Creative

Eight rotary phones – an art installation

Late last year, I helped run the University of Sydney annual graduation exhibition for the Architecture faculty. One of the things I was responsible for was helping set up an “artistic” installation. Architects have strange concepts of what is and isn’t art, and apparently an isolated network of eight rotary phones qualifies.

An old rotary phone

The concept was simple: throw eight hipster phones around with a few numbers and see what happens. You could call each other around the building. I’m sorry, were you expecting more? Nope. That’s art for you.

It did, however, give me an opportunity to learn the basics of traditional phone systems – from things like pulses, tones, VOIPs, PABX, switchboards, right down to the physical labour of installing more than 200 meters of phone cable across a building.

On the night itself, I’m happy to say that the installation (in both the technical and artistic sense) was a success. I’ve never heard such creative instant role playing or even inappropriate words said to would-be employers.

… I wonder how long I can keep that phone network running before people realise it’s not a legitimate part of their system?

Creative

USyd Architecture Exhibition website released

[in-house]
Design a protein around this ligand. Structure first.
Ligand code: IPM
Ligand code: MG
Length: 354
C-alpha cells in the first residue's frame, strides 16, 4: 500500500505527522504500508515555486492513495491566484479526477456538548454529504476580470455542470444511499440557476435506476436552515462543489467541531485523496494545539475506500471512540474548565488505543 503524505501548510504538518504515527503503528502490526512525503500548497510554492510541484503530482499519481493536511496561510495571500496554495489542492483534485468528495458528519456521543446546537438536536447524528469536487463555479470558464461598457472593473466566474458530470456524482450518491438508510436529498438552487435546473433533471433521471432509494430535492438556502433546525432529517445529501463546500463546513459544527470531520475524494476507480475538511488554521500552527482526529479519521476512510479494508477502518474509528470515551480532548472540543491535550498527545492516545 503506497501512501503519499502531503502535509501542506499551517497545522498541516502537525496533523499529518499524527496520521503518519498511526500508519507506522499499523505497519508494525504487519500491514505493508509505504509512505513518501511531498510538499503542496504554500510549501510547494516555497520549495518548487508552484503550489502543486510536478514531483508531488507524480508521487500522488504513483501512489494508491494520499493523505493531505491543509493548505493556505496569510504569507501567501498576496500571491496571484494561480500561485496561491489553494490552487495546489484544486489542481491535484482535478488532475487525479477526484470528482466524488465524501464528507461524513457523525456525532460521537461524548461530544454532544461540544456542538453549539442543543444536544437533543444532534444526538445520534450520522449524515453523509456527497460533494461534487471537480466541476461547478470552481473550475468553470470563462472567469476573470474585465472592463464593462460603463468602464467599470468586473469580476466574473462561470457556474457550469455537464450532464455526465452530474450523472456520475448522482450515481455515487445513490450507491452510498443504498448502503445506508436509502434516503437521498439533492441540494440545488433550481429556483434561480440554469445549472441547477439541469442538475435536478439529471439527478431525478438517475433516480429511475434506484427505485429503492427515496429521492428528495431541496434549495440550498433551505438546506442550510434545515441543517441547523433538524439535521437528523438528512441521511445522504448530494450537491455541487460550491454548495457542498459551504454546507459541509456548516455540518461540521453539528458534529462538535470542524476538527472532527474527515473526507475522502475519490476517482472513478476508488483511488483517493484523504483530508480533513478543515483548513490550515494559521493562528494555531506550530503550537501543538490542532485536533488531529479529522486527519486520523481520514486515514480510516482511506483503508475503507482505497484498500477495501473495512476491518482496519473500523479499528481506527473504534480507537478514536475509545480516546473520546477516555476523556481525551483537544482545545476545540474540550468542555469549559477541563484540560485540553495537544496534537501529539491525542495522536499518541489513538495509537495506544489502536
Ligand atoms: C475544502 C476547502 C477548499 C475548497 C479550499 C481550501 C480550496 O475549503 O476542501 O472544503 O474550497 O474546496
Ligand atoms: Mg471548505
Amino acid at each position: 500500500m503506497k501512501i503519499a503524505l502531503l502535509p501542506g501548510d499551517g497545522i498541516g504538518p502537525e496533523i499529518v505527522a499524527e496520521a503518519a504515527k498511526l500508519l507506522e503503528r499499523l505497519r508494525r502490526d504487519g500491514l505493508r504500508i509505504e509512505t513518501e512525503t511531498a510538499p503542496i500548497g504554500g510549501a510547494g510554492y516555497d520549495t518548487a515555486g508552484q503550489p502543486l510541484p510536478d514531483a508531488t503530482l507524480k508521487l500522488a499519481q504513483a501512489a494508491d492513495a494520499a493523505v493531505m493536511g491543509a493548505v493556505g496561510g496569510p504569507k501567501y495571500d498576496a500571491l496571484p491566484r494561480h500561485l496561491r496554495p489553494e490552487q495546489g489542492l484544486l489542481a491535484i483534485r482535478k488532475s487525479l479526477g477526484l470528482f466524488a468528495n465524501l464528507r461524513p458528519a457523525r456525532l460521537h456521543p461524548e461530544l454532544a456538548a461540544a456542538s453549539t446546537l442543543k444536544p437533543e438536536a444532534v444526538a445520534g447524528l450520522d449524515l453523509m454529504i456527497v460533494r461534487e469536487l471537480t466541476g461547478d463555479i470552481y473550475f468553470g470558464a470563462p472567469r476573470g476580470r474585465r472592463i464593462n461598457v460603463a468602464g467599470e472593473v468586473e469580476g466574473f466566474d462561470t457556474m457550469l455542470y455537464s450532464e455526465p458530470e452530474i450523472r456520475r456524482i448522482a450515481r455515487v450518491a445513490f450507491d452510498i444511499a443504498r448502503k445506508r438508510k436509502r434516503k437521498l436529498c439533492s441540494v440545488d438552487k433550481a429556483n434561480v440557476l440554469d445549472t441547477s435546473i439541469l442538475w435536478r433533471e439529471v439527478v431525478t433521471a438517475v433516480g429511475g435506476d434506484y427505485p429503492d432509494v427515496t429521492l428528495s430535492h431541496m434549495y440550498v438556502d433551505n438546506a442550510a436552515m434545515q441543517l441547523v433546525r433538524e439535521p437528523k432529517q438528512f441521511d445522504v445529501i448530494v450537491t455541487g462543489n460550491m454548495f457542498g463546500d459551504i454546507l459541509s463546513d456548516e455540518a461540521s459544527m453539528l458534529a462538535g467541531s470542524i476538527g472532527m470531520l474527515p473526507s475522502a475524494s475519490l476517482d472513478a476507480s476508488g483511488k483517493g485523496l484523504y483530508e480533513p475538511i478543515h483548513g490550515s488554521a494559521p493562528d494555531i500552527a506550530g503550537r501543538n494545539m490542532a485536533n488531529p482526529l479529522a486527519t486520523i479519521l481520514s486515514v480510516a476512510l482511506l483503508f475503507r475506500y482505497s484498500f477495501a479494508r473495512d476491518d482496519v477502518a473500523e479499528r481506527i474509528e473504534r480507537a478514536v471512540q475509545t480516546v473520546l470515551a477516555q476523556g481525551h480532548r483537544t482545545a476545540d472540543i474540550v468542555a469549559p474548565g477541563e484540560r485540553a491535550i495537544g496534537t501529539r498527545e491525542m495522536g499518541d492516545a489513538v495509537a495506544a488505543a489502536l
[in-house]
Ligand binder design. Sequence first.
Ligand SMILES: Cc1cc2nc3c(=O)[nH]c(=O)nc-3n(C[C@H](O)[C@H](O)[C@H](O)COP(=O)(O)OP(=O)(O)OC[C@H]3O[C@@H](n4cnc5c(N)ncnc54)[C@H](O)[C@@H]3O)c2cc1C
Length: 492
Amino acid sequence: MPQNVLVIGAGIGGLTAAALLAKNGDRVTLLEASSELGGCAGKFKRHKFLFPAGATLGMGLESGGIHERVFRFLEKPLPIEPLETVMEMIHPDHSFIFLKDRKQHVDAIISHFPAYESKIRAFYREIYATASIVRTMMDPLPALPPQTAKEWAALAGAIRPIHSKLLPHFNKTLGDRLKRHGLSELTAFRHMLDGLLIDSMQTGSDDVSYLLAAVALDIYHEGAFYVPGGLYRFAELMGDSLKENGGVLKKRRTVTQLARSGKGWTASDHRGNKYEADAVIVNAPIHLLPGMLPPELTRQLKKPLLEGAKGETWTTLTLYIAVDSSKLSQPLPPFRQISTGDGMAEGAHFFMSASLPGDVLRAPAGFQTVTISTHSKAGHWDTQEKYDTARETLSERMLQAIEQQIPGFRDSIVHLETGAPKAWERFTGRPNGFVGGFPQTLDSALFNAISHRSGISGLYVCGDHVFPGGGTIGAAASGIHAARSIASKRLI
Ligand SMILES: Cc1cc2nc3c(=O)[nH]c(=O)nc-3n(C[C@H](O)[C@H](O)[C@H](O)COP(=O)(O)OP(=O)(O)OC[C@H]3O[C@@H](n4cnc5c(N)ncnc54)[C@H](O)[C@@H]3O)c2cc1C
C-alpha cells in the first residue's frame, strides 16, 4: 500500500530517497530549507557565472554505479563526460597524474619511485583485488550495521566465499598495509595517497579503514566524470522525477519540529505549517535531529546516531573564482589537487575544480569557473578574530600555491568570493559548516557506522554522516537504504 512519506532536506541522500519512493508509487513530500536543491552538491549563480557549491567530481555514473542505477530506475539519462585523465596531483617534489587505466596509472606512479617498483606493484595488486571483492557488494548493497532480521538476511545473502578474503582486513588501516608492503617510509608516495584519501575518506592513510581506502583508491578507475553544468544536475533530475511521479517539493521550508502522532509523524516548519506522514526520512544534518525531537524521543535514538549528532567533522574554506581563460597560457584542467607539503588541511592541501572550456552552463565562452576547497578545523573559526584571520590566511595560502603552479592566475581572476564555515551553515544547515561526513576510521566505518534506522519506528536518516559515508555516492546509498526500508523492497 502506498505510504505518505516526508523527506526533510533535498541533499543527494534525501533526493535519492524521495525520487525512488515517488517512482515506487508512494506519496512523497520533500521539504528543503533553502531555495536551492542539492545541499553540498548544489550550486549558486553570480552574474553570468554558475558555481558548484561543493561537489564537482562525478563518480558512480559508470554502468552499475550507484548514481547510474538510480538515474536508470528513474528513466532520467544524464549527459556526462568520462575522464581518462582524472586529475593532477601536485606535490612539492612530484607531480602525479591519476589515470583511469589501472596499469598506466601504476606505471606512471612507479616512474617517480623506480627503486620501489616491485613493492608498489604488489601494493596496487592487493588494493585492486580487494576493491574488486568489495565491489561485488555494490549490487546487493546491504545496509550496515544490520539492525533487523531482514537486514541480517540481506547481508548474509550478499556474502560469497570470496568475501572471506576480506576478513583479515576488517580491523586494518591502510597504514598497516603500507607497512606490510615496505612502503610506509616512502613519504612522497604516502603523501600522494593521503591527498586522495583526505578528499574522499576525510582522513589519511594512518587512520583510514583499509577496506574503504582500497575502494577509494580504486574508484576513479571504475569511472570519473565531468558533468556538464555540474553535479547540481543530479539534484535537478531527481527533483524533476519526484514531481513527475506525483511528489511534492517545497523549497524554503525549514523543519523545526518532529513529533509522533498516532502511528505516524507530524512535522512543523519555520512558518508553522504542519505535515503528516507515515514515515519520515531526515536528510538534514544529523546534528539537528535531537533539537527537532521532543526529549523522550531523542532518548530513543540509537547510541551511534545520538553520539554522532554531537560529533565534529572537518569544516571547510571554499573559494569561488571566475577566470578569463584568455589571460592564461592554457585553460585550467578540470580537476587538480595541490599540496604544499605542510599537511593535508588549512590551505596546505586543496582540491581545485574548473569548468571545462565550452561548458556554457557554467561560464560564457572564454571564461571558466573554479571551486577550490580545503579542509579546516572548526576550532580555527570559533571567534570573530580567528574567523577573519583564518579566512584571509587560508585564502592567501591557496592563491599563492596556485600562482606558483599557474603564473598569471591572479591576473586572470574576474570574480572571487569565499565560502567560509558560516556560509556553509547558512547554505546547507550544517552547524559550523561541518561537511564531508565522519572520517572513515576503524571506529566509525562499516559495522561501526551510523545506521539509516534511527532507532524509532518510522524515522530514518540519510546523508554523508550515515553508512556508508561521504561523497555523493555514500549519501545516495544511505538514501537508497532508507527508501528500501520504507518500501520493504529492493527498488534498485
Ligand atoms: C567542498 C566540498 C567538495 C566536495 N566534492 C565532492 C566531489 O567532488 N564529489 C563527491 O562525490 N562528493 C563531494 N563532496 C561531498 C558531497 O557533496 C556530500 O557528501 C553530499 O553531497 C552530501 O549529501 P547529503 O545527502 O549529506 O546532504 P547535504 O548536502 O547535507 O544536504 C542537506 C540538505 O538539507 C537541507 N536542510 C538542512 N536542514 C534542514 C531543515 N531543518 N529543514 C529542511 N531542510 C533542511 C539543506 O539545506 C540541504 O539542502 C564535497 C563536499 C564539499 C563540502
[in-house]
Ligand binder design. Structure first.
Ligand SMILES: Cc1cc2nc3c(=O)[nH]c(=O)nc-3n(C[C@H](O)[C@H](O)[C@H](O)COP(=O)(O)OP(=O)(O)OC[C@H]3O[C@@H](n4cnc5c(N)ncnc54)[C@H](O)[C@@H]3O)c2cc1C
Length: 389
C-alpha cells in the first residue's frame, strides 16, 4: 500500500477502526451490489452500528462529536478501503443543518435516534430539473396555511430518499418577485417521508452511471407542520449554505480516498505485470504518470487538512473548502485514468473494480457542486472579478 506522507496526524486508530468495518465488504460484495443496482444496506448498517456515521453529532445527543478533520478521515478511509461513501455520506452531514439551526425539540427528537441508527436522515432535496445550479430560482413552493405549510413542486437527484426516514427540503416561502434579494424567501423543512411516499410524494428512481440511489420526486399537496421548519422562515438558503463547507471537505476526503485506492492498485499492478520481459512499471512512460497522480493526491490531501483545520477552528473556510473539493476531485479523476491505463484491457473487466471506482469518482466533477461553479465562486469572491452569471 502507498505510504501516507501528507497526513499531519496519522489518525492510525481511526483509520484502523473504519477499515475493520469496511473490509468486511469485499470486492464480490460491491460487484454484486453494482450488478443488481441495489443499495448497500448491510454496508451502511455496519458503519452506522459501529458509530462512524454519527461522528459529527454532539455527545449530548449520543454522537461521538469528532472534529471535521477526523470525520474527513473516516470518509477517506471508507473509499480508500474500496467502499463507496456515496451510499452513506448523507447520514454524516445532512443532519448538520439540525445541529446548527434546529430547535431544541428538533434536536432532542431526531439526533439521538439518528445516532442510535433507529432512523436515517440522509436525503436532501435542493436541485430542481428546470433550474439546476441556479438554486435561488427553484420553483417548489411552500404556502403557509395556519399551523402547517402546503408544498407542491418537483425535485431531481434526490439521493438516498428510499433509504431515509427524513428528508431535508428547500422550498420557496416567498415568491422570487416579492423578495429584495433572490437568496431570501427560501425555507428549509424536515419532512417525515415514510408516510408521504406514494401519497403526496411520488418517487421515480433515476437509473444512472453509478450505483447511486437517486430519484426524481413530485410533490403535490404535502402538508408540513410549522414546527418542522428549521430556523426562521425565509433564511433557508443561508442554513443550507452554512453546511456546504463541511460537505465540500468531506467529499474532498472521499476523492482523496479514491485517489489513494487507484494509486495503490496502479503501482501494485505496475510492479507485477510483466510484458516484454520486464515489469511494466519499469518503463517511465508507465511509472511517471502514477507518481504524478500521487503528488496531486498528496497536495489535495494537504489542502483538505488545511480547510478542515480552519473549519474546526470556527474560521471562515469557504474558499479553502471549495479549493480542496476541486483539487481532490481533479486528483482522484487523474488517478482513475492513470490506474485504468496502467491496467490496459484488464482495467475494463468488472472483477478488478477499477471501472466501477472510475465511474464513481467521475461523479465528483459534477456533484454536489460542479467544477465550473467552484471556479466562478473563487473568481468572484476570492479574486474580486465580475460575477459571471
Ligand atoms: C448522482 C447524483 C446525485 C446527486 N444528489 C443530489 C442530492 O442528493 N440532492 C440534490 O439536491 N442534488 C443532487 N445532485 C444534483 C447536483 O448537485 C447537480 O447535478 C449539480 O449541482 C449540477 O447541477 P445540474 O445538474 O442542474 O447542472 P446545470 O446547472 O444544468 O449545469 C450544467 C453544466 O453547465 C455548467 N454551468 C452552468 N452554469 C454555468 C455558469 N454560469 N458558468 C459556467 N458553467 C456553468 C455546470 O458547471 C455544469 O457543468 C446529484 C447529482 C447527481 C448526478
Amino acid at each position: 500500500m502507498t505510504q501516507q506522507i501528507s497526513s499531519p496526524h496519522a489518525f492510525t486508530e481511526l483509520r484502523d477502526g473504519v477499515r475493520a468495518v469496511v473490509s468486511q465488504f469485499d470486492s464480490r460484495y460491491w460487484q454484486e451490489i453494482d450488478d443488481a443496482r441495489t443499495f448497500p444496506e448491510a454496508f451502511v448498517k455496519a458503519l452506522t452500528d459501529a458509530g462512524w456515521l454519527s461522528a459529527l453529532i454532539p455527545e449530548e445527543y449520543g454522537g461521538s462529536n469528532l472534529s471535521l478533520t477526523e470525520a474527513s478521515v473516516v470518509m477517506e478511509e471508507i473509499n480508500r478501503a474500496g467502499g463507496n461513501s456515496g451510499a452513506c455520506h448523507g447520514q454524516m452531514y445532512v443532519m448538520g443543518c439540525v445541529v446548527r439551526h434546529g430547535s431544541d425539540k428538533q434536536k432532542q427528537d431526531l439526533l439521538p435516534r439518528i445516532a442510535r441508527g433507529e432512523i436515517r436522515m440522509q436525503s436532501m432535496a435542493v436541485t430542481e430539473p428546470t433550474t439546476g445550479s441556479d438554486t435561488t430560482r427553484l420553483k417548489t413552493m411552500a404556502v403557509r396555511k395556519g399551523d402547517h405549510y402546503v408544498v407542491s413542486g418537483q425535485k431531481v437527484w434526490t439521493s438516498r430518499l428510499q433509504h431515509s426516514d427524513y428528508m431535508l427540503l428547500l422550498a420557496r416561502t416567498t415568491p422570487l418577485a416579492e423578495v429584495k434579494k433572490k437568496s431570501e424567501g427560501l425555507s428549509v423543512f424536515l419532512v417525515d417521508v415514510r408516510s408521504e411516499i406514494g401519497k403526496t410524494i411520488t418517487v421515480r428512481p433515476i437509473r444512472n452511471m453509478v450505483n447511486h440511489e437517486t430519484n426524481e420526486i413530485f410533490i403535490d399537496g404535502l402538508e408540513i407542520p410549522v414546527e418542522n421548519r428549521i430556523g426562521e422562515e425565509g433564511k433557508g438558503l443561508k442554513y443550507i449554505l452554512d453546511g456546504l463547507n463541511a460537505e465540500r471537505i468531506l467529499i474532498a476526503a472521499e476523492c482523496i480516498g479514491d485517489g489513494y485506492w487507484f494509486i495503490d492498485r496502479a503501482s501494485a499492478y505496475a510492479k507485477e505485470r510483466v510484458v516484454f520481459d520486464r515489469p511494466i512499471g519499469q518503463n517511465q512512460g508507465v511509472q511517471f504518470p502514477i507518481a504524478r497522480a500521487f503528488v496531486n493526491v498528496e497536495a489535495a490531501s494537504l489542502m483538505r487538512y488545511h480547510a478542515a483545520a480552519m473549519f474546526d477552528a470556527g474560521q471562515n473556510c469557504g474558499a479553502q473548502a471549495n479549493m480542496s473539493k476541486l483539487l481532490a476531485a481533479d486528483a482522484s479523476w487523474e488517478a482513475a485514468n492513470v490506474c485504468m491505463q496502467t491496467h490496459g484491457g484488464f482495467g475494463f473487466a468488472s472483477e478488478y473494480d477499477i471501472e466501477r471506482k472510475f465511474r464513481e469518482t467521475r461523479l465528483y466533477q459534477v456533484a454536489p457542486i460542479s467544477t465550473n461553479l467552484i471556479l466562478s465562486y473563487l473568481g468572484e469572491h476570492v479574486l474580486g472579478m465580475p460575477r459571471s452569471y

Today I’d like to officially release the Usyd Architecture Exhibition website.

USyd Graduation Exhibition Website Homepage

USyd Graduation Exhibition Website Catalogue

Taken from the site itself:

The University of Sydney Architecture Faculty puts together an annual exhibition for its graduating Bachelors and Masters students. This gives students an opportunity to showcase their best projects. An event is held to exhibit these works, and along with this a hardcopy curated catalogue and a digital catalogue is released.

So as expected, the site hosts this year’s digital catalogue, and will continue to host future year’s submissions. There are currently about 100 submissions listed across five diverse project briefs. Feel free to look around, but I’d like to issue a word of warning to my readers that you might find the project descriptions more affiliated towards the romantic and social science-esque narrative.

If you’re wondering why a lot of the work is more art than design, I’d like to highlight that we aren’t incapable of making functional, logical and real-world problem solving designs. However it does seem that a lot of students aren’t taught how to write, and end up romanticizing the design into an artwork. That said, some designs do aim to be utopian and speculative, but I guess if you’re going to be spending the rest of your life looking at glazing and bolts, you’re excused for a little fun during university.

I’d also like to get the chance to highlight my own submission on the website.

Flinders Street Hotel Proposal Render

My project this semester involved proposing a Flinders St Hotel. It’s a rather large scale project, and would take too long to explain fully, even for the generous space that the online catalogue allows. I recommend viewing my project page and reading the full description there. It gives an overview of the project.

Finally, I’d like to quickly highlight the under-the-hood of the website. The website runs on vtemplate, is responsive, and has it’s technology colophon visible at its humans.txt. In particular, it was designed to be quite generic and highlight the work itself, and function on a phone or iPad as you scanned QR codes during the event itself. The entire website is open-source (view repository), and I’ve just tagged 1.0.0 today :)